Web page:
Researchers from the University of Pittsburgh and Rochester Institute of Technology created a model that could help alleviate the world's e-waste problem, stop fraudulent recycling programs and encourage a circular economy.
Repairing technology is expensive and difficult compared to simply buying a replacement. E-waste is a complex and growing challenge in the path toward a circular economy, or an economy based on sustainability with focuses on recycling materials and minimizing waste. Only an estimated 40% of e-waste is actually reused or recycled and is often illegally stockpiled abandoned or exported by some U.S. firms that claim to be recycling. These worldwide waste problems stand in the way of creating a global circular economy.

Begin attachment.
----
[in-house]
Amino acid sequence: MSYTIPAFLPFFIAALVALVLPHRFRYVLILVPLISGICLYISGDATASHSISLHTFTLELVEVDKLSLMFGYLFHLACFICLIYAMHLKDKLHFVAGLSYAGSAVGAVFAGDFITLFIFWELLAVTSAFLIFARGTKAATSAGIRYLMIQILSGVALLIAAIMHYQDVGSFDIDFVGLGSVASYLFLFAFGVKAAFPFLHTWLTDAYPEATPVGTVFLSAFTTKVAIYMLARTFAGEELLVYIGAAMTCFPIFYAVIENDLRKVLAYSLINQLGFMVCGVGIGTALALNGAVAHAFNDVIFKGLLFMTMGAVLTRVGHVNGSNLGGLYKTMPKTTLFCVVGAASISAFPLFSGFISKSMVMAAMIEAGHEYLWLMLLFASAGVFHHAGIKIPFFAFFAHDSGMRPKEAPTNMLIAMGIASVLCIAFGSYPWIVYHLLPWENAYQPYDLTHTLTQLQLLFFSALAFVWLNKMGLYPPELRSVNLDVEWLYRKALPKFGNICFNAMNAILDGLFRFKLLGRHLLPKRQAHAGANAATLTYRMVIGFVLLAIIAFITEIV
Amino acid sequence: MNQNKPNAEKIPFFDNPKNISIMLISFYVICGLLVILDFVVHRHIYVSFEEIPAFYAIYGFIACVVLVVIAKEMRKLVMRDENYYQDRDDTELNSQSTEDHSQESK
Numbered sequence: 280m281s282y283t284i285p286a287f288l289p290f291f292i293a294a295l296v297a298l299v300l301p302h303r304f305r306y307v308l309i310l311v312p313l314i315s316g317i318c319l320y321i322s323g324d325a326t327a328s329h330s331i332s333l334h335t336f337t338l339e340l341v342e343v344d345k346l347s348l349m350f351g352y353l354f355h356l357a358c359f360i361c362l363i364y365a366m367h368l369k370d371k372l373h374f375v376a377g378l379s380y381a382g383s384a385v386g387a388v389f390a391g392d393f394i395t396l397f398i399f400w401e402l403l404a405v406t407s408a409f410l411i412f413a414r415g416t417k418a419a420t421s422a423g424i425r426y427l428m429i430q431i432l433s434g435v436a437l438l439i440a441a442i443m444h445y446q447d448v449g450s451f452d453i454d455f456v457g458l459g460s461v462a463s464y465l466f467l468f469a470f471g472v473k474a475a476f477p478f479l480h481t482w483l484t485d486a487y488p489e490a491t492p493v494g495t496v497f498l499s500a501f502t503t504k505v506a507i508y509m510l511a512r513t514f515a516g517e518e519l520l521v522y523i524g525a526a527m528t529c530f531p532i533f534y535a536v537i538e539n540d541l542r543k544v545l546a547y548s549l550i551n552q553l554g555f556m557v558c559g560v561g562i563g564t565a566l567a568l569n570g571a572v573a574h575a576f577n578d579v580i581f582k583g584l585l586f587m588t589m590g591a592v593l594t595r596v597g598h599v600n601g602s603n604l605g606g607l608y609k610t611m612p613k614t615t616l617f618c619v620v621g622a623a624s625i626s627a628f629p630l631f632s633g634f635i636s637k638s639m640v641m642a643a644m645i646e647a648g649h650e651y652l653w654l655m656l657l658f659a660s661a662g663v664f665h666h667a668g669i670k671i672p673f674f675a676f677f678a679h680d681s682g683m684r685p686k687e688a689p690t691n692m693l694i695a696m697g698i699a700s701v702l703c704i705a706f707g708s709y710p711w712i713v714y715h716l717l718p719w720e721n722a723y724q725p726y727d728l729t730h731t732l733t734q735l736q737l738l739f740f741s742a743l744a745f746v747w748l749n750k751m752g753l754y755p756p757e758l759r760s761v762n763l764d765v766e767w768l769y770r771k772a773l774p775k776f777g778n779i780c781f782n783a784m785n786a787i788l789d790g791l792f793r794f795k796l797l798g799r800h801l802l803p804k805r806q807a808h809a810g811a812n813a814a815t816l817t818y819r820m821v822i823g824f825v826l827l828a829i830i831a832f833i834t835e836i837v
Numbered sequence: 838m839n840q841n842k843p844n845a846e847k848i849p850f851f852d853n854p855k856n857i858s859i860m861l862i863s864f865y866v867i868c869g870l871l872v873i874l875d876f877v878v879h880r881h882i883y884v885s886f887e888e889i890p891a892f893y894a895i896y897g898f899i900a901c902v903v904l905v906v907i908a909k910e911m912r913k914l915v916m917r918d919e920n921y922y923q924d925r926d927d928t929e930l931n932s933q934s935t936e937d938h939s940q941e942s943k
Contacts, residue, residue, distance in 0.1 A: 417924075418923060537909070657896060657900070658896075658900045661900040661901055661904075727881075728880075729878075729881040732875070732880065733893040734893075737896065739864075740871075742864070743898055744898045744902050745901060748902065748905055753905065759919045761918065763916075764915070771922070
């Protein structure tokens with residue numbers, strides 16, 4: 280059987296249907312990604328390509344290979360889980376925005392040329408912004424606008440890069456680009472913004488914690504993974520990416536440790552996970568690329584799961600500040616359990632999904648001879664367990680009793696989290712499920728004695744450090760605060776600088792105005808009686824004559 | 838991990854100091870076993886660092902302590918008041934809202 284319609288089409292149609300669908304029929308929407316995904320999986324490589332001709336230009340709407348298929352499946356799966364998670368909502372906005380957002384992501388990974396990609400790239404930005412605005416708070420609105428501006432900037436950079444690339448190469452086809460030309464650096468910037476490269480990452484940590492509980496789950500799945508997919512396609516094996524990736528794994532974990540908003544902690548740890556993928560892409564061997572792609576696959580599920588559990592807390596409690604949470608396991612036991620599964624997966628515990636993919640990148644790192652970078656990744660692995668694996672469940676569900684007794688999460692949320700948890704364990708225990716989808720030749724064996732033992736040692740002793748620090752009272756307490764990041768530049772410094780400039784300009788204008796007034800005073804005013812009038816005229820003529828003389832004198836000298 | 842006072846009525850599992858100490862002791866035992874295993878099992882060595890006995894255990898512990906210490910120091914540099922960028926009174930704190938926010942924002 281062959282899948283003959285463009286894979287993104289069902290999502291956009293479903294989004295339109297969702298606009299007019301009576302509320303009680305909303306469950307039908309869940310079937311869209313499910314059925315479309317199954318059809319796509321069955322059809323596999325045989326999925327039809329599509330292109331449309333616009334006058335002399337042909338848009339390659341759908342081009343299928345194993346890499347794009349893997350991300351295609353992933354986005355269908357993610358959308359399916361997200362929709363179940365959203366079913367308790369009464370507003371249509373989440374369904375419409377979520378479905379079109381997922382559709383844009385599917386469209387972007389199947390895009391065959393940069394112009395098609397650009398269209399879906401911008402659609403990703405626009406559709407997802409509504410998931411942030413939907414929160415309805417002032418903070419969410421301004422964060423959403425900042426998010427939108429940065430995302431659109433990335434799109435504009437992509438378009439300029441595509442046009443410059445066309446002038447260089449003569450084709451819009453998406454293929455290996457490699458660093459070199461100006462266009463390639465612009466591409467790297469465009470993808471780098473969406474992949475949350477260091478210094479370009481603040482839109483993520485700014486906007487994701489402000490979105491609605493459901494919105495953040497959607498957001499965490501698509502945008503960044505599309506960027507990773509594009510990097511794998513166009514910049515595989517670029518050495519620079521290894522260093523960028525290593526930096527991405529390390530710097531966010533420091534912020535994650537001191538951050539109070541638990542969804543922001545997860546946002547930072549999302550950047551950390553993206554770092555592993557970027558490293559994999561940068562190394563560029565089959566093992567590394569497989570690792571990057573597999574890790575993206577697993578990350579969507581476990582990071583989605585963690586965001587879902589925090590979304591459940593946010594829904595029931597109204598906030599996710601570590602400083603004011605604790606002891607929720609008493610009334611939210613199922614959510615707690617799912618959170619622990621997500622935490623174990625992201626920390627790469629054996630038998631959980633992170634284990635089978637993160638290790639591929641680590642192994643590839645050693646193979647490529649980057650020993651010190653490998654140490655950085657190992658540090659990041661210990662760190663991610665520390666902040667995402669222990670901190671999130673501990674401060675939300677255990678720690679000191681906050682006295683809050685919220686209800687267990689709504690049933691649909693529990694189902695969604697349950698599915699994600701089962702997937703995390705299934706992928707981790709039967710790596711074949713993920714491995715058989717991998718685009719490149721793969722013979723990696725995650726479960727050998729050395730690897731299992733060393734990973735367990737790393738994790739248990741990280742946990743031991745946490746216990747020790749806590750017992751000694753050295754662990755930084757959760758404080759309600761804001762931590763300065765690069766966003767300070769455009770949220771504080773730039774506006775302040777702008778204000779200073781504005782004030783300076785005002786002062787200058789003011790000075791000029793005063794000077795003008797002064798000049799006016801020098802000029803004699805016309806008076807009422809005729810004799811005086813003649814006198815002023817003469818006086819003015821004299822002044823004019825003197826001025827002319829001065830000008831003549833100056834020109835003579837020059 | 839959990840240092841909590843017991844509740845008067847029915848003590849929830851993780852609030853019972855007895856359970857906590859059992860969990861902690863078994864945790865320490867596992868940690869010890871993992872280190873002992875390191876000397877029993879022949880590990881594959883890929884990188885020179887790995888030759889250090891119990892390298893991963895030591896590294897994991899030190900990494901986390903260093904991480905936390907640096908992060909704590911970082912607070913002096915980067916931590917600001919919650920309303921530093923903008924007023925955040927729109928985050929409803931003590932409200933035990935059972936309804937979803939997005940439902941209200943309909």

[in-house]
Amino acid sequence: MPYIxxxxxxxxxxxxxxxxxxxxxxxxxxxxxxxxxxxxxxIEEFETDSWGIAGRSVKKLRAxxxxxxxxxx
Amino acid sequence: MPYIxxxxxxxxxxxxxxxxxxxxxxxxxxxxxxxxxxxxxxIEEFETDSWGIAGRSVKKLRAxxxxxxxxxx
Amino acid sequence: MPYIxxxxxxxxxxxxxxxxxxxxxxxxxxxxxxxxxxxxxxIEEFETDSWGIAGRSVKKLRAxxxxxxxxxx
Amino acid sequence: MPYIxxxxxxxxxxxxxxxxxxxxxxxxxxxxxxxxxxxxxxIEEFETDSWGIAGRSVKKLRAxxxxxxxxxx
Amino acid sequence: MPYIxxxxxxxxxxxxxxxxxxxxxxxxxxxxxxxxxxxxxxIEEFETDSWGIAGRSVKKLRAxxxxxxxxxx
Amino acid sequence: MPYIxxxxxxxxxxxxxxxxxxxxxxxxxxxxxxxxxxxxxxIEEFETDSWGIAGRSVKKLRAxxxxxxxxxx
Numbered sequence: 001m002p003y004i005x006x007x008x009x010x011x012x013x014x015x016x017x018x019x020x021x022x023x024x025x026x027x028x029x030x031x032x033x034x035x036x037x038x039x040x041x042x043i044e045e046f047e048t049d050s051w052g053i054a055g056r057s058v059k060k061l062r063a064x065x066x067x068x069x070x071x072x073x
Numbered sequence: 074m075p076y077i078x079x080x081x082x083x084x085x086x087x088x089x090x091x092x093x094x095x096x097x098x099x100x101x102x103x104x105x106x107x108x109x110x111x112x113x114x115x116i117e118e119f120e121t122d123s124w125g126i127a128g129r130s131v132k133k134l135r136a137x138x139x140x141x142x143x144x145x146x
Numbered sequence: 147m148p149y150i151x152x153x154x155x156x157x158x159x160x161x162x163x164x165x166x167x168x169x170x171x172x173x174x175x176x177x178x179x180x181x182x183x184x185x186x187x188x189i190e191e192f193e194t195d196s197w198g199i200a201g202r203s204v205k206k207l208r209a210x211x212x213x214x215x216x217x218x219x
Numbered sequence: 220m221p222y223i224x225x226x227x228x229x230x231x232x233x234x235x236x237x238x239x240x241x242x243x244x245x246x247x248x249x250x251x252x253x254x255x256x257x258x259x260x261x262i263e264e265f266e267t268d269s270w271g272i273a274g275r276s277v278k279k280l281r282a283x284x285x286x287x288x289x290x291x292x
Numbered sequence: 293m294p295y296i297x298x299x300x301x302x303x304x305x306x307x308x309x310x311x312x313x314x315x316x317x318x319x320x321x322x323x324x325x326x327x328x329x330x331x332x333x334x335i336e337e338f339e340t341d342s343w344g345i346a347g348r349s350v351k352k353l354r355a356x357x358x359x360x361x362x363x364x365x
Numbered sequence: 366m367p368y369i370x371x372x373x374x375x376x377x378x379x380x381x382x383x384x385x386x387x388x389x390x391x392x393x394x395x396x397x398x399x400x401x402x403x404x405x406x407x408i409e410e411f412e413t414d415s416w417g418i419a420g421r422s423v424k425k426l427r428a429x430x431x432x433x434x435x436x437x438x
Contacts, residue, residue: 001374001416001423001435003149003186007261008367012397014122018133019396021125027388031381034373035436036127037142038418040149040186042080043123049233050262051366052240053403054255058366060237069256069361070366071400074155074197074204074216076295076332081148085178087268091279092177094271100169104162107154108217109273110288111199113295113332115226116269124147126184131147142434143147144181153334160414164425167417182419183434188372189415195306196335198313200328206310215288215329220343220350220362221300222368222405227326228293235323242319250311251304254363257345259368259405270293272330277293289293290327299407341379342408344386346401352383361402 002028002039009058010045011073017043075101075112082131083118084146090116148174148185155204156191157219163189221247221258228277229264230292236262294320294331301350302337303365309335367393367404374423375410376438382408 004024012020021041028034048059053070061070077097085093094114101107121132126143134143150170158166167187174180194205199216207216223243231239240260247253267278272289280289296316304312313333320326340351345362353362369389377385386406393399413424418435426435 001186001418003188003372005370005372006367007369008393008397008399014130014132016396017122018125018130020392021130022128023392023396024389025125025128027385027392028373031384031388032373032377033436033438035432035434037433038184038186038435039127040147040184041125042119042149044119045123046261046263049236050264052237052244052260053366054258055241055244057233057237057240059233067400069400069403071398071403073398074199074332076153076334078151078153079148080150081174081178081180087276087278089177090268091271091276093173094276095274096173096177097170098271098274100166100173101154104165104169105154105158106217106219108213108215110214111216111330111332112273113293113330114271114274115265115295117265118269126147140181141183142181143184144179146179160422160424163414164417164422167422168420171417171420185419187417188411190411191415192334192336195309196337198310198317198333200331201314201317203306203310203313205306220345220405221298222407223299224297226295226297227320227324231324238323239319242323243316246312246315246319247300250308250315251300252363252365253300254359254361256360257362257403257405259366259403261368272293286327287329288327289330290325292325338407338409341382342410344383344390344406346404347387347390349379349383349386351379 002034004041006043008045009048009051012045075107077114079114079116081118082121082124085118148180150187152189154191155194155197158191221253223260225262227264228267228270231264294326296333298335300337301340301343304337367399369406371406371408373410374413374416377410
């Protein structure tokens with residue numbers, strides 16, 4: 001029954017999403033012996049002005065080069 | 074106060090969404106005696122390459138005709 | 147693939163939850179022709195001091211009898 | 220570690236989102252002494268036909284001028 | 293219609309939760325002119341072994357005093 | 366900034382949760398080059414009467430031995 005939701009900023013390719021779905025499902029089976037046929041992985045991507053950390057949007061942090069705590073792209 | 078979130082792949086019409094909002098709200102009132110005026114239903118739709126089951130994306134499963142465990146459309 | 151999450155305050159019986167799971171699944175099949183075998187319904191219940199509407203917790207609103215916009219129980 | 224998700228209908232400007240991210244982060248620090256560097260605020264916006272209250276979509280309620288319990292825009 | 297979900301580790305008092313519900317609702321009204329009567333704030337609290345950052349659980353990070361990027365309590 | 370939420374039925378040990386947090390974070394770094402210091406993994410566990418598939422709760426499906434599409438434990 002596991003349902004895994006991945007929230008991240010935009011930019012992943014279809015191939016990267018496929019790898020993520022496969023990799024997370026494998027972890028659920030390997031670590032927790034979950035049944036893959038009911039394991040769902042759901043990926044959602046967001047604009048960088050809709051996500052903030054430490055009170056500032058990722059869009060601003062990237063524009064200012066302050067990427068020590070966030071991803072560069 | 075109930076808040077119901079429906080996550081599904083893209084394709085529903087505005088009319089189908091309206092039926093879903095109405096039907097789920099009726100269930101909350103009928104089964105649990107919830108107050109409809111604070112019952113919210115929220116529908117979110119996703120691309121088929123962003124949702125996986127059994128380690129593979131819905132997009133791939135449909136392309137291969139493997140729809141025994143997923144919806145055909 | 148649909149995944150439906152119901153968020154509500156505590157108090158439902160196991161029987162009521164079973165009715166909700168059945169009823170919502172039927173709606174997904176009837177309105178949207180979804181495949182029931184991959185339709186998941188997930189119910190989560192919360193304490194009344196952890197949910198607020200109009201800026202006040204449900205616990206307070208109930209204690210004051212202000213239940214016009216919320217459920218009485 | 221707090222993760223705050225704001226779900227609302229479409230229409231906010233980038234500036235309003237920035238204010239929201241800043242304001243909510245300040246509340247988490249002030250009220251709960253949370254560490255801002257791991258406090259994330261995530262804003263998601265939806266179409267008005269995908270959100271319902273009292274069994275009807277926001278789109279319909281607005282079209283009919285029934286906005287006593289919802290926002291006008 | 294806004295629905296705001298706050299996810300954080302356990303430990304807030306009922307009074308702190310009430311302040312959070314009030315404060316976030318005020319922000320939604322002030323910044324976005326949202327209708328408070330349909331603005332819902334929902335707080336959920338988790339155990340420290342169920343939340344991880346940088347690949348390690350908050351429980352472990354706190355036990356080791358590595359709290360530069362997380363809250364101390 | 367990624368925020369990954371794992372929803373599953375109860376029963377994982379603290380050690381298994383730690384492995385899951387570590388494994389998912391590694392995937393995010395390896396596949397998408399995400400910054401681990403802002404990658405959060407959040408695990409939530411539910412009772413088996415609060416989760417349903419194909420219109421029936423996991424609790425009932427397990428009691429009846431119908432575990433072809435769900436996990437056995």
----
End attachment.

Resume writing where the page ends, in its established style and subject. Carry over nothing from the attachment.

One of the biggest recycling challenges is dishonesty by companies who claim to be recycling e-waste. To study this problem, the team designed a framework with the goal of understanding the choices a recycler has and the role that digital fraud prevention could have in dishonest recycling practices.
The model framework analyzed dishonest electronics management and what leads recyclers to conduct fraudulent activities. The model revealed that the primary way to guarantee widespread and honest recycling with minimal supervision is by making recycling profitable through decreasing recycling costs and increasing penalties for fraudulent practices.
The analysis also suggested that blockchain could be used as a neutral third-party supervision actor to avoid fraudulent recycling processes. Relying on self-reporting breeds dishonesty from recycling companies. Blockchain use would stop companies from being dishonest by relying on fixed records that prevent fraud and align companies with a circular economy.
The study was published in Resources, Conservation and Recycling.